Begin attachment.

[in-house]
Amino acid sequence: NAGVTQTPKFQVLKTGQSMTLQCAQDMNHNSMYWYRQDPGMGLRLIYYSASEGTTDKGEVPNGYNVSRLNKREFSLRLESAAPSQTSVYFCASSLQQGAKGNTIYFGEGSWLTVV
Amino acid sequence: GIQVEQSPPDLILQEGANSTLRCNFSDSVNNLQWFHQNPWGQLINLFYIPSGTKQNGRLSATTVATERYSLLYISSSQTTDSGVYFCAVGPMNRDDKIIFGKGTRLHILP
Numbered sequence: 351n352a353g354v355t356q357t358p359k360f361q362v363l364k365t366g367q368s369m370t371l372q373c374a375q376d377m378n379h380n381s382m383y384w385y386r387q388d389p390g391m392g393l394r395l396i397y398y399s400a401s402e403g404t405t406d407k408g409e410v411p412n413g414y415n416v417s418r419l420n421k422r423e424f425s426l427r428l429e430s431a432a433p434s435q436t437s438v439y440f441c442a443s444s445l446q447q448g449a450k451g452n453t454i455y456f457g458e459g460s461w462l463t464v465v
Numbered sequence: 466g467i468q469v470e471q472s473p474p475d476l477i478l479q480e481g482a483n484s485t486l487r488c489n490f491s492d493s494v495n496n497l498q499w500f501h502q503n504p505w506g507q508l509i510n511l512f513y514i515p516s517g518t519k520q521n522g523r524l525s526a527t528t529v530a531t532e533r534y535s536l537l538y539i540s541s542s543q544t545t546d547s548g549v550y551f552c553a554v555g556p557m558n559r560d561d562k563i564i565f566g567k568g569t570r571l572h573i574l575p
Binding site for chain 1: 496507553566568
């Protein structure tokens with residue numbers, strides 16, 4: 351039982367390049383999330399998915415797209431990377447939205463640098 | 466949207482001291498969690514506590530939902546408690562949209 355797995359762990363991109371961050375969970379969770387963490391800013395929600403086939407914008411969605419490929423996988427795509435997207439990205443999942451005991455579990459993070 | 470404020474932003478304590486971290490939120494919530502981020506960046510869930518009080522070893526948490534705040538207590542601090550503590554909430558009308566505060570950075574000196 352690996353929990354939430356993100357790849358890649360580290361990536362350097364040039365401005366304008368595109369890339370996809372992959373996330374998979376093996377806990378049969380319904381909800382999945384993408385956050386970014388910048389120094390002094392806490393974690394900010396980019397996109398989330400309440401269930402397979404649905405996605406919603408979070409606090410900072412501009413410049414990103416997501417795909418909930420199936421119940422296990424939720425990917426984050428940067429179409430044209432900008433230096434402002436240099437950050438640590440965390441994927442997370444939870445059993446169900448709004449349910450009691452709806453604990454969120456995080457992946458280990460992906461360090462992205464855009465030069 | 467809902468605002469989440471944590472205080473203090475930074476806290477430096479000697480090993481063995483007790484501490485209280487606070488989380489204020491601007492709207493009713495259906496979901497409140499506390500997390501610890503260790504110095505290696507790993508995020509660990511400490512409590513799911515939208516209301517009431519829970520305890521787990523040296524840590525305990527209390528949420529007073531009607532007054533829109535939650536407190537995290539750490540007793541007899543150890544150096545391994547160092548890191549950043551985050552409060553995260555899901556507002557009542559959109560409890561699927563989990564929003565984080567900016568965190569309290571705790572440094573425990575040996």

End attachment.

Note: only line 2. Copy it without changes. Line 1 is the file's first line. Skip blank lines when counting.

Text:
Amino acid sequence: NAGVTQTPKFQVLKTGQSMTLQCAQDMNHNSMYWYRQDPGMGLRLIYYSASEGTTDKGEVPNGYNVSRLNKREFSLRLESAAPSQTSVYFCASSLQQGAKGNTIYFGEGSWLTVV